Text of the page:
Call for Conference

The beginning of the 21st century is a period of intensive changes in a global security environment, above all, in the context of the rising significance of the asymmetric threats. Aside from  traditional armed conflicts hybrid wars that use – except for conventional actions – irregular activities, offensive cyber operations, economic and psychological operations, etc.,  have gained in significance. The activities of the so-called Islamic State or the Ukrainian conflict are the model cases of ongoing transformation of contemporary battlefield.

An in-depth analysis of factors forming the environment that favour activities of subjects which create asymmetric threats is extraordinarily germane for proper and effective forecasting as well as assessment of security threats and for working out the appropriate defensive strategies. Also due to the fact that in the globalizing world even states which are not engaged directly in the conflict often are unable to evade its long-term ramifications (bear in mind the case of Middle-Eastern refugees). Concurrently, because of its complexity, multi-dimensionality, involvement of both state and non-state actors as well as other factors, asymmetric conflicts and hybrid wars are a difficult subject-matter for extensive and thorough research.

The organizers of the international academic conference “Assymetric conflicts and hybrid wars in the 21st century” have decided to open for discussion the above-mentioned issues. The character of asymetric warfare along with diplomatic, information, propaganda, economic, social and military planes of these conflicts incline to take an interdisciplinary research approach. Therefore, conference organizers would like to invite experts representing various fields of knowledge – security professionals, political scientists, economists as well as specialists professionally connected to functioning of security and defence sector – to share their experiences, reflections, opinions, conclusions and results of their research.

Specific topics may address, but are not limited to:

I. The change in the character of contemporary armed conflicts

  • attempt of defining the current global security deal;
  • theory and terminology of asymmetric warfare and hybrid wars;
  • asymmetric security threats;
  • the role of hybrid war and asymmetric warfare in the warcraft;
  • asymmetric warfare and hybrid wars in strategic doctrines of the Russian Federation as well as NATO and EU states;
  • counterinsurgency (COIN) doctrine;

II. Economic war as a component of the hybrid war

  • embargoes and sanctions as elements of economic war;
  • manipulation of resource prices on global markets as an element of economic war;
  • speculation currency attacks and their impact on political, economic and social destabilization of attacked countries;
  • cyberattacks on financial and banking systems;
  • market intelligence (MARKINT) as a new sort of intelligence and its role in counteracting economic attacks;

III.  Information war

  • essence of the information warfare;
  • war in cyberspace as a component of information war;
  • social media in conflict;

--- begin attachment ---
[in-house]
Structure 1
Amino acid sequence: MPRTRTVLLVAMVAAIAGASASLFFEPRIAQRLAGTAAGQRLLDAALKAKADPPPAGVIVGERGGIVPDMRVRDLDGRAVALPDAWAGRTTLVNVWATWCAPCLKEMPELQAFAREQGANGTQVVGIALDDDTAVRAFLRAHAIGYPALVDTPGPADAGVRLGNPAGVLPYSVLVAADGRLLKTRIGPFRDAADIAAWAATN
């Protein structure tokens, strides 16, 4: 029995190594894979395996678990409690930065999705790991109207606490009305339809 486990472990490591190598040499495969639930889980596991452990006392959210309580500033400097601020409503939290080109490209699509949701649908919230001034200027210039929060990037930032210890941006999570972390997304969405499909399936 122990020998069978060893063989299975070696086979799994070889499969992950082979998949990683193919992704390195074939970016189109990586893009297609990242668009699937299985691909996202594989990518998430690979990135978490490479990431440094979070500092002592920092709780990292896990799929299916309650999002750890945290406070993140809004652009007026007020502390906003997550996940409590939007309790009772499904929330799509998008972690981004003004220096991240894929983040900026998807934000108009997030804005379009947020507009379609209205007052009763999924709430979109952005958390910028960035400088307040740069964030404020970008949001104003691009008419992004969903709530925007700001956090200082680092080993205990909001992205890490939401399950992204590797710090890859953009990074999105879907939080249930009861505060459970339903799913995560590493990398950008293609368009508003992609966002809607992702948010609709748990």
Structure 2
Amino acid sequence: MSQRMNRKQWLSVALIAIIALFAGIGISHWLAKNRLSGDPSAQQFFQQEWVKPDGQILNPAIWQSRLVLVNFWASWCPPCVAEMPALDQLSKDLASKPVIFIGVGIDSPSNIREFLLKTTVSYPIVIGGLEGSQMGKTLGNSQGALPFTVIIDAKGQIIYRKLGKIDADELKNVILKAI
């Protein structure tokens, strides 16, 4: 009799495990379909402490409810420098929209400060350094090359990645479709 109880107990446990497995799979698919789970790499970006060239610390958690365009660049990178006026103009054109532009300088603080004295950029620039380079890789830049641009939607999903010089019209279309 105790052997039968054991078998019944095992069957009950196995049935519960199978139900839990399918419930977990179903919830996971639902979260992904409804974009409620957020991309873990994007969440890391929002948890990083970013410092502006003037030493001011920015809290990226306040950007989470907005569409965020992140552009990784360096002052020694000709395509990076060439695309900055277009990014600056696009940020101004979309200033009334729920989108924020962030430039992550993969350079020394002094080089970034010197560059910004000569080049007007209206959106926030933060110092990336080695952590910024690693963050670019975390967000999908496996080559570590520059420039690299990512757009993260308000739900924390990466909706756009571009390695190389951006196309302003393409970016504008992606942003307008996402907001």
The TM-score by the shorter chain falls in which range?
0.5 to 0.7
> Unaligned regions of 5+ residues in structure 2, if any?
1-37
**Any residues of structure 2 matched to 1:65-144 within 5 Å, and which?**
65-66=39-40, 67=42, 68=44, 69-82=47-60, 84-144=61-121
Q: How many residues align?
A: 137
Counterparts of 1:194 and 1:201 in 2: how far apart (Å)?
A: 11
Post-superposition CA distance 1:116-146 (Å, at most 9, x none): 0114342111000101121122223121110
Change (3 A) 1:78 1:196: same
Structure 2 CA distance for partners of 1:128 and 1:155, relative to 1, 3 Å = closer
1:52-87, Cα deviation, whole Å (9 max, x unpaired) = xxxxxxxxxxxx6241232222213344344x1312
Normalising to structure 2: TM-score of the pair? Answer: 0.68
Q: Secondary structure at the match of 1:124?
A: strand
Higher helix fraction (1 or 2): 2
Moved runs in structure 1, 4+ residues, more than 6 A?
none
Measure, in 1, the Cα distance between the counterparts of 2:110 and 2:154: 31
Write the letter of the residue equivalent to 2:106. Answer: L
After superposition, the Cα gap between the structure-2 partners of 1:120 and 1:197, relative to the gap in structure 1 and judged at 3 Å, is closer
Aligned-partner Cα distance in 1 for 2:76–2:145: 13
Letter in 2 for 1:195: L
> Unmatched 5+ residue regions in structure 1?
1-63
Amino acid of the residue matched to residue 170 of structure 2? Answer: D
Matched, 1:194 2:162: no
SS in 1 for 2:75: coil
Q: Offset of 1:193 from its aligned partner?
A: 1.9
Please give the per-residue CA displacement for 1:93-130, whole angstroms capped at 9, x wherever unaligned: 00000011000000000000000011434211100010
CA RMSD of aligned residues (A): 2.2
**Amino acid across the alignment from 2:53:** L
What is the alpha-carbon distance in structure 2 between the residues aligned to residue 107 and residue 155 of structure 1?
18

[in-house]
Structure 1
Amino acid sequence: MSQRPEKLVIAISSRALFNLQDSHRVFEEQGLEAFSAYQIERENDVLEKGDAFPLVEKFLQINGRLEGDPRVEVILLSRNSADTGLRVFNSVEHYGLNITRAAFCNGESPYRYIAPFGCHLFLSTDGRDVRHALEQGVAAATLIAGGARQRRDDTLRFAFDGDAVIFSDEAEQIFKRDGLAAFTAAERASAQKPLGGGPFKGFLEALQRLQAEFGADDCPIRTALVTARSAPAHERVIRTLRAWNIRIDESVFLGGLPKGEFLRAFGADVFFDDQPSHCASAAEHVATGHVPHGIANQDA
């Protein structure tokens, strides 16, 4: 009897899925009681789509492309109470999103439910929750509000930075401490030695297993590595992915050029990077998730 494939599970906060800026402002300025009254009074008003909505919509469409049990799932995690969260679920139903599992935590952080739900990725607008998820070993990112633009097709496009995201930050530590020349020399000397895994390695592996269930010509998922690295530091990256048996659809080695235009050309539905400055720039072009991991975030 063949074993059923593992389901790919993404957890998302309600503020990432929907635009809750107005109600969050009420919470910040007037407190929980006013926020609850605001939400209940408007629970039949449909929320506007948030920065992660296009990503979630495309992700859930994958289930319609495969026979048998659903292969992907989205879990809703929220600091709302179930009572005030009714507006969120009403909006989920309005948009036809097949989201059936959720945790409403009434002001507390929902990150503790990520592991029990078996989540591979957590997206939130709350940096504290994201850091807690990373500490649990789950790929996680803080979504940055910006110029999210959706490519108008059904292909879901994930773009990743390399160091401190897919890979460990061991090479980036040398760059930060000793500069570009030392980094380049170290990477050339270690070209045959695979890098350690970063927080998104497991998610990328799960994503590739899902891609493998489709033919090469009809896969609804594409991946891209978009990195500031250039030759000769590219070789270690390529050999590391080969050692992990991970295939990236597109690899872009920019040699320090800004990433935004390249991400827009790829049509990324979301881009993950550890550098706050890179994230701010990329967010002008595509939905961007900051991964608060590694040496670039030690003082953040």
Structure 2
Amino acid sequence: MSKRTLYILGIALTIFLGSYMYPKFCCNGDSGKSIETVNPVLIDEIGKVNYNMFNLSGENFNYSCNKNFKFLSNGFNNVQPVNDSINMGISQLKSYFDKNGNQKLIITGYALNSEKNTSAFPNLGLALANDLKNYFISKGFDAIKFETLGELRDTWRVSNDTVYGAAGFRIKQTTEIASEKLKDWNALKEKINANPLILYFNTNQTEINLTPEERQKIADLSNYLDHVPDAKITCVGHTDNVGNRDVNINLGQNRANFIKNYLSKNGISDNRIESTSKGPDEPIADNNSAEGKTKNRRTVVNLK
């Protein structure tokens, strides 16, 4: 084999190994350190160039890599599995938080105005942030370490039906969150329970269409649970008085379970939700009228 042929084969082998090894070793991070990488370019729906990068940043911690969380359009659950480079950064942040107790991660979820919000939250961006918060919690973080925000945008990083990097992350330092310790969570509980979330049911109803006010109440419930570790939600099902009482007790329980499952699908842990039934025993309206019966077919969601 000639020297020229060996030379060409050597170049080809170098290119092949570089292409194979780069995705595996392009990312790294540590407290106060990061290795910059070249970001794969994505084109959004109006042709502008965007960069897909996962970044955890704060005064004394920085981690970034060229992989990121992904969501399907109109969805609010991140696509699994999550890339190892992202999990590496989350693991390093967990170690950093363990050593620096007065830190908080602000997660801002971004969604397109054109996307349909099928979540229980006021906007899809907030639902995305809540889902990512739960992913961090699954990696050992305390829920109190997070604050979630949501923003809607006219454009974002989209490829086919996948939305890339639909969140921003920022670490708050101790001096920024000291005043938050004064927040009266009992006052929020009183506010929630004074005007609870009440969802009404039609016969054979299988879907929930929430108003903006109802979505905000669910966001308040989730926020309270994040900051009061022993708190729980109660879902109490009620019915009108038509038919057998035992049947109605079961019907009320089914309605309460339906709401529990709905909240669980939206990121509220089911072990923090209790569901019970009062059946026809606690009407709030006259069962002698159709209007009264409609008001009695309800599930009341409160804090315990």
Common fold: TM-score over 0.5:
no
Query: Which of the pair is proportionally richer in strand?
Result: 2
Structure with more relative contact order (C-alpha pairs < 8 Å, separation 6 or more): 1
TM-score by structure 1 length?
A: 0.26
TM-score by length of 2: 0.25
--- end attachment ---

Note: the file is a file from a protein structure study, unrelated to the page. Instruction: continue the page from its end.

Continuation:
• phenomenon of fake news in the Internet and the mass media;
  • offensive cyberoperations as a factor influencing presidential and parliamentary elections;
  • potential for waging cyberwar in the context of NSA and CIA leaks on WikiLeaks portal;
  • cases of viruses and trojans: Stuxnet, Sauron, Nitro Zeus, Regin, Duqu, Petya and ExPetr;

IV. Terrorism as an element of asymmetric warfare

  • essence of contemporary terrorism;
  • Islamic fundamentalism as a ground for terrorist activity;
  • terrorist acts as an example of asymmetric engagement;
  • cyberterrorism and methods to combat it;
  • attempt to prepare methodology for reconnaissance of terrorist threat through analysis of radicalization, mobilization and action on the part of groupings that generate events of terrorist character;
  • Islamic radicals’ activity in the Internet;
  • risk analysis of appearance of menaces for critical infrastructure;
  • immigration crisis in the EU and a phenomenon of Islamic terrorism;
  • counteracting and combat with terrorism in the international law and security strategies of selected states;

V. State security system in the face of hybrid war

  • role and significance of paramilitary and prodefence organizations in asymmetric conflicts;
  • Territorial Defence Forces as an element of state’s defence in the situation of the emergence of hybrid war;
  • crisis management;
  • analysis of defence systems of the NATO’s Eastern flank states in the light of symmetric threats.

VI. Battlefield medicine in the 21st century

  • the newest achievements of the battlefield medicine in the 21st century;
  • military and civil medicine;
  • paramedic salvage service in the light of terrorist acts menace;
  • doctors and paramedics’ experiences from the operations of the Polish Military Contingents in Afghanistan and Iraq;

VII. Case studies:

A. Ukrainian conflict

  • prospects for the so-called Donets and Luhansk People’s Republics reintegration with Ukraine;
  • hostilities in Donbas – conclusions for Poland and NATO’s Eastern flank states;
  • organized crime groups and their contribution to war in Donbas;
  • Russian and Ukrainian paramilitary organizations in the war in Donbas;
  • Russia’s radioelectronic warfare in Ukraine;
  • propaganda dimension of the war in Ukraine;

B. Civil war in Syria

  • the Islamic State as a transnational terrorist organization;
  • the involvement of the Middle-Eastern states in the Syrian war;
  • Russian armed intervention in Syria – military and political dimensions;
  • policies of Obama and Trump administrations vis-a-vis Syrian conflict;
  • operation Euphrates Shield;
  • prospects for the solution of the Syrian conflict;